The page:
Effects of angiotensin converting enzyme inhibition on sodium excretion in patients with hypoxaemic chronic obstructive pulmonary disease.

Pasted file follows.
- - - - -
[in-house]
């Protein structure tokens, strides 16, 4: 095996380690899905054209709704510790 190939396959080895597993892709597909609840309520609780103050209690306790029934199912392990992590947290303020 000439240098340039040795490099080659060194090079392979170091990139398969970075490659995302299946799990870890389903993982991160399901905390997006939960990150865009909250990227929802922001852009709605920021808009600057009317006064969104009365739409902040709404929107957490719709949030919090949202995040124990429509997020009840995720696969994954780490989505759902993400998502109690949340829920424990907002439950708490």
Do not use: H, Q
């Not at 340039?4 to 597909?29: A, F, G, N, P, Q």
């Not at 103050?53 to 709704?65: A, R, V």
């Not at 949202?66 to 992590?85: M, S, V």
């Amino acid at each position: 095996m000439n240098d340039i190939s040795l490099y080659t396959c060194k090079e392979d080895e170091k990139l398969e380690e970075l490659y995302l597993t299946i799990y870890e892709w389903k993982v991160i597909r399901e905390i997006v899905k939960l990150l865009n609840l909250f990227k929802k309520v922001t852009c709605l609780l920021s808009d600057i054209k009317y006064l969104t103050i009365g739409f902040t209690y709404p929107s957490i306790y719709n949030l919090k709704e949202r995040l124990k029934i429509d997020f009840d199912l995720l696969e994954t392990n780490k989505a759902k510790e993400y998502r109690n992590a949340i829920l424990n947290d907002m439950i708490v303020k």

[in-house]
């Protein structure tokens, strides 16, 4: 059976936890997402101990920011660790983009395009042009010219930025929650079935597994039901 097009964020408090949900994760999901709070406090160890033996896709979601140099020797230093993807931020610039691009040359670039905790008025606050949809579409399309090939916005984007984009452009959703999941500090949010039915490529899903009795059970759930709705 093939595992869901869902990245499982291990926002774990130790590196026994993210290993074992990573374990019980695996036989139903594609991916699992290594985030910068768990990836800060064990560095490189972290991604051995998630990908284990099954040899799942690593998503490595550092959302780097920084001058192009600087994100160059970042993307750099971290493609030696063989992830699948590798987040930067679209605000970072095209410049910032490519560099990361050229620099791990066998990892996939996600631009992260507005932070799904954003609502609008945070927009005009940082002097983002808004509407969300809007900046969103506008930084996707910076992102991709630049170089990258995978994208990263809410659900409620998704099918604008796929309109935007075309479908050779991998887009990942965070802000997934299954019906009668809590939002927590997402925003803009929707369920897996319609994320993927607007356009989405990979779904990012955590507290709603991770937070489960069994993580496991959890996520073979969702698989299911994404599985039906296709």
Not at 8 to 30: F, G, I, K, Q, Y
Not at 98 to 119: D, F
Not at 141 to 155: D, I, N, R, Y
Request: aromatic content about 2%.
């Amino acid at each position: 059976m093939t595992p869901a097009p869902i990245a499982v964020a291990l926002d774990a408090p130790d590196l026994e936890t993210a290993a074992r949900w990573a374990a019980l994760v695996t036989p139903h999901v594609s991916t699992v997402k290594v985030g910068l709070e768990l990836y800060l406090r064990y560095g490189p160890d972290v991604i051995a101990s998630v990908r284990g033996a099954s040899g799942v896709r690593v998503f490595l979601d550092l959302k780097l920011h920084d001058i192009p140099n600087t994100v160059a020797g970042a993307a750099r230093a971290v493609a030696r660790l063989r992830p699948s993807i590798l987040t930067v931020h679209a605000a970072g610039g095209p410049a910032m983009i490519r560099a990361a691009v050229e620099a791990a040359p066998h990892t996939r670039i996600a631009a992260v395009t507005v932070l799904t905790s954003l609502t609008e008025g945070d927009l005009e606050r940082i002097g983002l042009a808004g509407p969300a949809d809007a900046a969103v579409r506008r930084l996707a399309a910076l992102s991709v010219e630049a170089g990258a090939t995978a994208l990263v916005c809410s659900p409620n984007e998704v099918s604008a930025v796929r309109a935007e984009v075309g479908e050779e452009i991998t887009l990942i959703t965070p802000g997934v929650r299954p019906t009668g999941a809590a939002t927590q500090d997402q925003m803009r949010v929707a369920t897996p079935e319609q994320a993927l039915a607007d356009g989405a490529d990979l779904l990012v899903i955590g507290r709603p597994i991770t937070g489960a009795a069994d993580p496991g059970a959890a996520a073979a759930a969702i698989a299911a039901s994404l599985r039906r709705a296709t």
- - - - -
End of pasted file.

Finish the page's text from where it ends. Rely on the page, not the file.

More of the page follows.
BACKGROUND--Some patients with hypoxaemic chronic obstructive pulmonary disease (COPD) develop cor pulmonale with sodium and water retention. The sodium retention has been explained as a result of increased plasma levels of aldosterone. If this was true angiotensin converting enzyme (ACE) inhibition would be expected to lower plasma levels of aldosterone and improve the renal excretion of sodium. METHODS--Six patients with stable hypoxaemic COPD (PaO2 < 8.0 kPa) and a history of an oedematous exacerbation received an intravenous hypertonic saline load (6 ml/kg body weight of 2.7% saline over one hour) before and while taking 4 mg/day perindopril, an ACE inhibitor, for one month. Aldosterone, antidiuretic hormone (ADH), plasma and urine electrolyte levels, osmolality, and volume were measured over four hours. The repeatability of the saline load test was assessed in six patients with a similar severity of hypoxaemic COPD. For comparison the saline load test was also performed in six patients with mild COPD. RESULTS--The hypertonic saline load test results were repeatable. Perindopril reduced the mean (SD) plasma level of aldosterone from 142 (88) pg/ml to 54 (24) pg/ml at 0 minutes before the saline infusion, and from 64 (35) pg/ml to 30 (17) pg/ml after the infusion without improving the urinary volume or sodium excretion. Before starting treatment with perindopril 43.7 (6.9) mmol (20%) of the sodium load was excreted compared with 49.6 (7.9) mmol (22% of load) when taking perindopril. Patients with mild COPD excreted more sodium (77.6 (21.4) mmol (38.7% of load)) despite having similar plasma aldosterone levels to those in the patients receiving perindopril. CONCLUSIONS--Patients with stable hypoxaemic COPD have an impaired ability to excrete sodium which is not improved by the administration of an ACE inhibitor. ACE inhibition lowered the plasma level of aldosterone without improving sodium excretion. This suggests that the inability of patients with hypoxaemic COPD to excrete sodium is not caused by their increased plasma levels of aldosterone.